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Engineering CAR-T cells to activate small-molecule drugs in situ

Abstract

Chimeric antigen receptor (CAR)-T cells represent a major breakthrough in cancer therapy, wherein a patient’s own T cells are engineered to recognize a tumor antigen, resulting in activation of a local cytotoxic immune response. However, CAR-T cell therapies are currently limited to the treatment of B cell cancers and their effectiveness is hindered by resistance from antigen-negative tumor cells, immunosuppression in the tumor microenvironment, eventual exhaustion of T cell immunologic functions and frequent severe toxicities. To overcome these problems, we have developed a novel class of CAR-T cells engineered to express an enzyme that activates a systemically administered small-molecule prodrug in situ at a tumor site. We show that these synthetic enzyme-armed killer (SEAKER) cells exhibit enhanced anticancer activity with small-molecule prodrugs, both in vitro and in vivo in mouse tumor models. This modular platform enables combined targeting of cellular and small-molecule therapies to treat cancers and potentially a variety of other diseases.

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Fig. 1: Modular prodrug designs for use with SEAKER cells.
Fig. 2: In vitro validation of prodrug activation by CPG2- and β-Lac-expressing HEK293T cells.
Fig. 3: Construction and characterization of CPG2- and β-Lac-expressing SEAKER cells.
Fig. 4: In vitro validation of prodrug activation by SEAKER cells and antigen-negative cell killing.
Fig. 5: Enhanced in vivo efficacy of prodrug–SEAKER cell combinations in mouse i.p. xenografts.
Fig. 6: Enhanced in vivo efficacy of Ceph-AMS–β-Lac SEAKER cell combinations in mouse subcutaneous xenografts.

Data availability

The authors declare that the data supporting the findings of this study are available within the article and its Supplementary Information files. Any raw data not provided therein are available from the corresponding authors upon reasonable request.

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Acknowledgements

We thank E. de Stanchina and C. Hagen (MSK Antitumor Assessment Core Facility) for assistance with mouse toxicology studies, G. Sukenick and R. Wang (MSK Analytical NMR Core Facility) for expert nuclear magnetic resonance and mass spectral support, J. Fraser Glickman and C. Adura Alcaino (Rockefeller High-Throughput and Spectroscopy Resource Center) for assistance with SPE–MS experiments, G. Chiosis and S. Sharma (MSK) for assistance with LC–MS/MS experiments and B. Yoo (MSK) for helpful discussions on the synthesis of APdMG-Glu. Financial support from the NIH (grant nos. P01 CA023766 to D.A.S. and D.S.T., R01 CA55349 and R35 CA241894 to D.A.S., R01 AI118224 to D.S.T. and CCSG P30 CA008748 to C.B. Thompson), the Tudor Fund (to D.A.S.), the Lymphoma Fund (to D.A.S.), the Commonwealth Foundation and MSK Center for Experimental Therapeutics (to D.A.S. and D.S.T.) is gratefully acknowledged.

Author information

Authors and Affiliations

Authors

Contributions

T.J.G., C.M.B. and D.A.S. conceived the in vitro and in vivo experiments with technical advice from D.W. and R.J.B. T.J.G. and C.M.B. executed the in vitro and in vivo experiments with assistance from K.G.K., M.M.D., A.Y.C. and G.M. J.P.L., N.K., B.C.C. and D.S.T. conceived the chemical, biochemical and ADME-PK experiments. J.P.L., B.C.C. and K.M.N. carried out the chemical syntheses. J.P.L., N.K. and B.C.C. carried out the biochemical assays. T.J.G., J.P.L., C.M.B., D.S.T. and D.A.S. wrote the paper with input from all coauthors.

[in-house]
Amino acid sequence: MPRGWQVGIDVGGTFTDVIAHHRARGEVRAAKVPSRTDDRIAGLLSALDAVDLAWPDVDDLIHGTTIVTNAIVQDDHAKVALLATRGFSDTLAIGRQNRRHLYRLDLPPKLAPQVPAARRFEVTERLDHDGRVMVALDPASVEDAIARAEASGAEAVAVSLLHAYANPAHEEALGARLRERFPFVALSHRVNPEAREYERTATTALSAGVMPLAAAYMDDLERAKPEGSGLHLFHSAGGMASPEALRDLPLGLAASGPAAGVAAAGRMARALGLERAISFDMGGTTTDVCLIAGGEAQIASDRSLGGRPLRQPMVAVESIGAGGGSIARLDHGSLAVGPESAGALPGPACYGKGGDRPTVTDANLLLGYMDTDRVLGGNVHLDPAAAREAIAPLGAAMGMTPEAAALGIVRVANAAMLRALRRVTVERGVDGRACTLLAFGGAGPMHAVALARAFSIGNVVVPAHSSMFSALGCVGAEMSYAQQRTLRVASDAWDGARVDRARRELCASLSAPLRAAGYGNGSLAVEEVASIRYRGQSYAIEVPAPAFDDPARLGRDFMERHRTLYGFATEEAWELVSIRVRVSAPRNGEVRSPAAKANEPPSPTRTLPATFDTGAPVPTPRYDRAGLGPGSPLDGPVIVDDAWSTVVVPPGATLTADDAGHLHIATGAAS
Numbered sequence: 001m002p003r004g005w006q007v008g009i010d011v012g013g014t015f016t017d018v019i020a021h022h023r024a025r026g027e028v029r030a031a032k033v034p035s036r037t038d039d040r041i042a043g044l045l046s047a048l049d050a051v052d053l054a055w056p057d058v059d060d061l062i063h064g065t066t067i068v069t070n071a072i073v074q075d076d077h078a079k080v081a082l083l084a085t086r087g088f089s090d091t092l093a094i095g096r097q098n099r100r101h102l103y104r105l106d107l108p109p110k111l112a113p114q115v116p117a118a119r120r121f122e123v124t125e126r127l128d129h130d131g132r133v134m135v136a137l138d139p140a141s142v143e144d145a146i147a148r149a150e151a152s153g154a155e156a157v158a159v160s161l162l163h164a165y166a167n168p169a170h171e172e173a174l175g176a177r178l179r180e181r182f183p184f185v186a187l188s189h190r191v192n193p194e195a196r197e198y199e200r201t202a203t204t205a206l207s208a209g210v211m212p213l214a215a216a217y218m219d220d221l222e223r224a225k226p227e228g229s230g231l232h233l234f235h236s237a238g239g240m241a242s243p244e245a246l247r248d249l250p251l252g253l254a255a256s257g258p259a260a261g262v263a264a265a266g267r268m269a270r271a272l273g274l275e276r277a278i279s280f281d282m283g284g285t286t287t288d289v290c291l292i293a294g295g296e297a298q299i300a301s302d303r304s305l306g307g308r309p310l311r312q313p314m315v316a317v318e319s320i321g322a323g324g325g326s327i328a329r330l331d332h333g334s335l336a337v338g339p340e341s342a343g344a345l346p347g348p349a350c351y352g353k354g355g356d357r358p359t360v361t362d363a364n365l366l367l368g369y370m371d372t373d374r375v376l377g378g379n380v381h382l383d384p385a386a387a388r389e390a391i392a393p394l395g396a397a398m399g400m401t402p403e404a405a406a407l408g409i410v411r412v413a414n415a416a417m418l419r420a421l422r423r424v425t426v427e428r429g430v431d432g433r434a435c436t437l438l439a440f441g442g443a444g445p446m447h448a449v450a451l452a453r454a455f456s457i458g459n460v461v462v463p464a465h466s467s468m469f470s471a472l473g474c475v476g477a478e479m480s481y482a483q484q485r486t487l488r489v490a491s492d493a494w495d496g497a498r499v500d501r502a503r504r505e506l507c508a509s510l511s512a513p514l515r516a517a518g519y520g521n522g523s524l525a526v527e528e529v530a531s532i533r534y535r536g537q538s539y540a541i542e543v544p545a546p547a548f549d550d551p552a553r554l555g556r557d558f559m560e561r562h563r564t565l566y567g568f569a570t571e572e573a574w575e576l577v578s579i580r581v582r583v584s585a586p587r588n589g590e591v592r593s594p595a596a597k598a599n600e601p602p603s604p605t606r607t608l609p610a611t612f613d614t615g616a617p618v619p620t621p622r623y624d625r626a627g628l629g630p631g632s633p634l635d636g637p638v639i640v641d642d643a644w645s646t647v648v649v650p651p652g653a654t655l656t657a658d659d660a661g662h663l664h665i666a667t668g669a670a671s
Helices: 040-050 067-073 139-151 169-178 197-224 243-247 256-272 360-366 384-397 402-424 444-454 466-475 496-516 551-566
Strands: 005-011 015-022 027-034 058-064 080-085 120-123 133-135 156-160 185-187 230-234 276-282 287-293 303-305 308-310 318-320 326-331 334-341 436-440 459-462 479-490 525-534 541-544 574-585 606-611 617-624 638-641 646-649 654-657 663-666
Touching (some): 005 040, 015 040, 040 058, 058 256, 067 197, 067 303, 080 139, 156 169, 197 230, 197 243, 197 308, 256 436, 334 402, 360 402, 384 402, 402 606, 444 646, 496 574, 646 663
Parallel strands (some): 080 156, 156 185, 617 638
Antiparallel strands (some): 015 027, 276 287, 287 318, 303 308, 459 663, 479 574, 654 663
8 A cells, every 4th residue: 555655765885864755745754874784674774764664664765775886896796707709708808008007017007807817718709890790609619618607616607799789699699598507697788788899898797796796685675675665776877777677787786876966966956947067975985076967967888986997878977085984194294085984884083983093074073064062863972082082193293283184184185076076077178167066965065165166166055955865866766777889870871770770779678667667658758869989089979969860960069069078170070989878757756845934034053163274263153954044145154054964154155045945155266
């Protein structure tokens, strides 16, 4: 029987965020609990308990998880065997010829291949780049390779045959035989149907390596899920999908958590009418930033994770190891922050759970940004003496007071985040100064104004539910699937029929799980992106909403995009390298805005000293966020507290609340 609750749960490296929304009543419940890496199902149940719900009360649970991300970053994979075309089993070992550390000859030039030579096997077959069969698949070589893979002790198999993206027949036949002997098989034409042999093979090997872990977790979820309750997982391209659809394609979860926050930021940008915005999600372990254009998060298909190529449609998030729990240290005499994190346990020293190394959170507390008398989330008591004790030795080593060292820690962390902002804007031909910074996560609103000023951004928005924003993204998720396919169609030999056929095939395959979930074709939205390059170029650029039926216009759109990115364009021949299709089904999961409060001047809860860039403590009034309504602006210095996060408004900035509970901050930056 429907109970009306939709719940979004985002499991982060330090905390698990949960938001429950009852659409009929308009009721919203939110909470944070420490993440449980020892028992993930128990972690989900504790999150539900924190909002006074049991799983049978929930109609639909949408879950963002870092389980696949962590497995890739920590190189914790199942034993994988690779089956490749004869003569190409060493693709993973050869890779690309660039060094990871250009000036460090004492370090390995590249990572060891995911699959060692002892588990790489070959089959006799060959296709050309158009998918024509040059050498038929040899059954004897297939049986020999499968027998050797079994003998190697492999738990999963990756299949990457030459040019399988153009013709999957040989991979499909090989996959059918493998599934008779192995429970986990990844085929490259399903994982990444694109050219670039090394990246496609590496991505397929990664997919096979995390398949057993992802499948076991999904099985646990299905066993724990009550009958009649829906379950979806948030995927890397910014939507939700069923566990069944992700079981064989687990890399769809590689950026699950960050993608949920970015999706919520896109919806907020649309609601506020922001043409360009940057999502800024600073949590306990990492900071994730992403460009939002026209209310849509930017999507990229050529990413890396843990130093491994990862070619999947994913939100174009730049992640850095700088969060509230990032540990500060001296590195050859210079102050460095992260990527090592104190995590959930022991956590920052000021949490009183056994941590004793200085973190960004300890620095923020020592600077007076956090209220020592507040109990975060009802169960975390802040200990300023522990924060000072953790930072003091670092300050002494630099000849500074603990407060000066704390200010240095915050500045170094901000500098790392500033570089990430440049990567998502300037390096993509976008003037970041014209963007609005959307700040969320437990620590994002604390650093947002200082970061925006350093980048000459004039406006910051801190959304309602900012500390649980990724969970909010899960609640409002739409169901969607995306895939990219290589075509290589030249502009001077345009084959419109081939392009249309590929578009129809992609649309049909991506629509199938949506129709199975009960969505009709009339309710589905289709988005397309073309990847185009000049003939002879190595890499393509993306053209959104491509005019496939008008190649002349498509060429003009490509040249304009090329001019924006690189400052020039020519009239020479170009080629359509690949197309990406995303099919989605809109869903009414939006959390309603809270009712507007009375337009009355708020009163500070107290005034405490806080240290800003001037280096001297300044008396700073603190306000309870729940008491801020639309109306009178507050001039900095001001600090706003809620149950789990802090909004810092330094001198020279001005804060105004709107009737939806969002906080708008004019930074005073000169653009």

Corresponding authors

Correspondence to Derek S. Tan or David A. Scheinberg.

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Competing interests

D.A.S., D.S.T. and R.J.B. are consultants for, have equity in and have sponsored research agreements with CoImmune, which has licensed technology described in this paper from MSK. D.A.S. has equity in or is a consultant for: Actinium Pharmaceuticals, Arvinas, Eureka Therapeutics, Iovance Biotherapeutics, OncoPep, Pfizer, Repretoire and Sellas. D.S.T. has been a consultant and/or paid speaker for Eli Lilly, Elsevier, Emerson Collective, Merck, National Institutes of Health, Venenum Biodesign, the Research Center for Molecular Medicine of the Austrian Academy of Sciences and the Institute for Research in Biomedicine, Barcelona. R.J.B. is a cofounder and receives royalties from Juno Therapeutics/Celgene. MSK has filed for patent protection behalf of T.J.G., J.P.L., D.S.T. and D.A.S. for inventions described in this paper. The remaining authors declare no competing interests.

Additional information

Peer review information Nature Chemical Biology thanks Yuan Gao and the other, anonymous, reviewer(s) for their contribution to the peer review of this work.

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Extended data

Extended Data Fig. 1 Synthesis of AMS-Glu prodrug (2).

DMA = N,N-dimethylacetamide; DMF = N,N-dimethylformamide; TBAF = tetrabutylammonium fluoride; TBS = t-butyldimethylsilyl.

Extended Data Fig. 2 Synthesis of Ceph-AMS prodrug (3).

(a) Synthesis of protected AMS precursor 16. (b) Synthesis of Ceph-AMS (3). pyr = pyridine; TFA = trifluoroacetic acid; THF = tetrahydrofuran; TMS = trimethylsilyl.

Extended Data Fig. 3 Complete bioluminescent imaging data for in vivo efficacy in mouse intraperitoneal Raji tumor xenografts.

Mice treated with (a) CPG2-19BBz SEAKER cells and AMS-Glu (2) (50 mg/kg, ip, bid, days 2-7 post-CAR engraftment, 12 doses total, gray band) or (b) β-Lac-19BBz SEAKER cells and Ceph-AMS (3) (4 mg/kg, ip, bid, days 2–3 post-CAR engraftment, 3 doses total, gray band). Raw BLI is plotted on log scale; AUC is plotted on split linear scale. (mean ± s.d. of n = 5 mice per group; experiment was repeated with similar results.) Representative images are shown in Fig. 5d and e, respectively, of the manuscript.